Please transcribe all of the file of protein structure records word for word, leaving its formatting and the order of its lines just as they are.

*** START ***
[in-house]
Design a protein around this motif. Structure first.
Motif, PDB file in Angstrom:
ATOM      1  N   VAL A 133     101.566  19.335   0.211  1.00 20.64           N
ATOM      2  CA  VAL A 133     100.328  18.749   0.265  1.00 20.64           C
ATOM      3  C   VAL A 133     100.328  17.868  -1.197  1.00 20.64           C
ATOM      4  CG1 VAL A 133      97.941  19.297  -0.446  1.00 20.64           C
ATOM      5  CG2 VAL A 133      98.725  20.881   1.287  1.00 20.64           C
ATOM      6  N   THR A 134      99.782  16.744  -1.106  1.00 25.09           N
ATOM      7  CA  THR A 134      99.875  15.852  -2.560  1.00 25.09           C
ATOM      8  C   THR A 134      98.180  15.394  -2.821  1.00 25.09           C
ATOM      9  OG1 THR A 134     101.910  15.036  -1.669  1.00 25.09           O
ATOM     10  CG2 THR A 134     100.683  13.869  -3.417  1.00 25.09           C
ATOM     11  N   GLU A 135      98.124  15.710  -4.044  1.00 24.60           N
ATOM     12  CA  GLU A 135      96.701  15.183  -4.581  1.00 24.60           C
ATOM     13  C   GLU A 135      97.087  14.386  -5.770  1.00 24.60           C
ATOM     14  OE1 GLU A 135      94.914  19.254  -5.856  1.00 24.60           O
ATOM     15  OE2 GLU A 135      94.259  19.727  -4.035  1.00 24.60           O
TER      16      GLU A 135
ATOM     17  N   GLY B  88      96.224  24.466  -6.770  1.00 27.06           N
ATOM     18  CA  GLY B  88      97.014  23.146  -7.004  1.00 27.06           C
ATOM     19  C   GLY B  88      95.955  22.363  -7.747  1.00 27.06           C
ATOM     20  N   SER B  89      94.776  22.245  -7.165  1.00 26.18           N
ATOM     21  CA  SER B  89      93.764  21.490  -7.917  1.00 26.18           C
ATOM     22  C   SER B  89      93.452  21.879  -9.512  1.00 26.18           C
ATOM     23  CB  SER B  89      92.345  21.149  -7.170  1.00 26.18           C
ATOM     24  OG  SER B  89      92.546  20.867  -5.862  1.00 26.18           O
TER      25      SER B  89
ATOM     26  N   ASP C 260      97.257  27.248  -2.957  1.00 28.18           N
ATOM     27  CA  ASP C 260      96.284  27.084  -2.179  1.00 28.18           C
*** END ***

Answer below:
[in-house]
Design a protein around this motif. Structure first.
Motif, PDB file in Angstrom:
ATOM      1  N   VAL A 133     101.566  19.335   0.211  1.00 20.64           N
ATOM      2  CA  VAL A 133     100.328  18.749   0.265  1.00 20.64           C
ATOM      3  C   VAL A 133     100.328  17.868  -1.197  1.00 20.64           C
ATOM      4  CG1 VAL A 133      97.941  19.297  -0.446  1.00 20.64           C
ATOM      5  CG2 VAL A 133      98.725  20.881   1.287  1.00 20.64           C
ATOM      6  N   THR A 134      99.782  16.744  -1.106  1.00 25.09           N
ATOM      7  CA  THR A 134      99.875  15.852  -2.560  1.00 25.09           C
ATOM      8  C   THR A 134      98.180  15.394  -2.821  1.00 25.09           C
ATOM      9  OG1 THR A 134     101.910  15.036  -1.669  1.00 25.09           O
ATOM     10  CG2 THR A 134     100.683  13.869  -3.417  1.00 25.09           C
ATOM     11  N   GLU A 135      98.124  15.710  -4.044  1.00 24.60           N
ATOM     12  CA  GLU A 135      96.701  15.183  -4.581  1.00 24.60           C
ATOM     13  C   GLU A 135      97.087  14.386  -5.770  1.00 24.60           C
ATOM     14  OE1 GLU A 135      94.914  19.254  -5.856  1.00 24.60           O
ATOM     15  OE2 GLU A 135      94.259  19.727  -4.035  1.00 24.60           O
TER      16      GLU A 135
ATOM     17  N   GLY B  88      96.224  24.466  -6.770  1.00 27.06           N
ATOM     18  CA  GLY B  88      97.014  23.146  -7.004  1.00 27.06           C
ATOM     19  C   GLY B  88      95.955  22.363  -7.747  1.00 27.06           C
ATOM     20  N   SER B  89      94.776  22.245  -7.165  1.00 26.18           N
ATOM     21  CA  SER B  89      93.764  21.490  -7.917  1.00 26.18           C
ATOM     22  C   SER B  89      93.452  21.879  -9.512  1.00 26.18           C
ATOM     23  CB  SER B  89      92.345  21.149  -7.170  1.00 26.18           C
ATOM     24  OG  SER B  89      92.546  20.867  -5.862  1.00 26.18           O
TER      25      SER B  89
ATOM     26  N   ASP C 260      97.257  27.248  -2.957  1.00 28.18           N
ATOM     27  CA  ASP C 260      96.284  27.084  -2.179  1.00 28.18           C